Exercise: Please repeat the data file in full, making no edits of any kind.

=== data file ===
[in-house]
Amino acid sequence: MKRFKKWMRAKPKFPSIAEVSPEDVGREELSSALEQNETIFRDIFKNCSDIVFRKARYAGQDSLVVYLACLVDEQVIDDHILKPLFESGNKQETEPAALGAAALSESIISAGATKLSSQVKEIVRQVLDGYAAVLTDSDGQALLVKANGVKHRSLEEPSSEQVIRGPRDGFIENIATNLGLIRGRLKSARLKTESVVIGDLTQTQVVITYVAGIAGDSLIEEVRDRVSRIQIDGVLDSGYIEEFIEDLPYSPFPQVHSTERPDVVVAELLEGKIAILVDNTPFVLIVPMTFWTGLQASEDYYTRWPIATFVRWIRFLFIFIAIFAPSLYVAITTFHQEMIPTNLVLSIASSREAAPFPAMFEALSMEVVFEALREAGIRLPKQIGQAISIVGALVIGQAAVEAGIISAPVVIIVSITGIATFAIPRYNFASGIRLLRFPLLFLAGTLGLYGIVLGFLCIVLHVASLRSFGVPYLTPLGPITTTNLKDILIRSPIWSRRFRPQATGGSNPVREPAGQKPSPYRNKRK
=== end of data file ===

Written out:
[in-house]
Amino acid sequence: MKRFKKWMRAKPKFPSIAEVSPEDVGREELSSALEQNETIFRDIFKNCSDIVFRKARYAGQDSLVVYLACLVDEQVIDDHILKPLFESGNKQETEPAALGAAALSESIISAGATKLSSQVKEIVRQVLDGYAAVLTDSDGQALLVKANGVKHRSLEEPSSEQVIRGPRDGFIENIATNLGLIRGRLKSARLKTESVVIGDLTQTQVVITYVAGIAGDSLIEEVRDRVSRIQIDGVLDSGYIEEFIEDLPYSPFPQVHSTERPDVVVAELLEGKIAILVDNTPFVLIVPMTFWTGLQASEDYYTRWPIATFVRWIRFLFIFIAIFAPSLYVAITTFHQEMIPTNLVLSIASSREAAPFPAMFEALSMEVVFEALREAGIRLPKQIGQAISIVGALVIGQAAVEAGIISAPVVIIVSITGIATFAIPRYNFASGIRLLRFPLLFLAGTLGLYGIVLGFLCIVLHVASLRSFGVPYLTPLGPITTTNLKDILIRSPIWSRRFRPQATGGSNPVREPAGQKPSPYRNKRK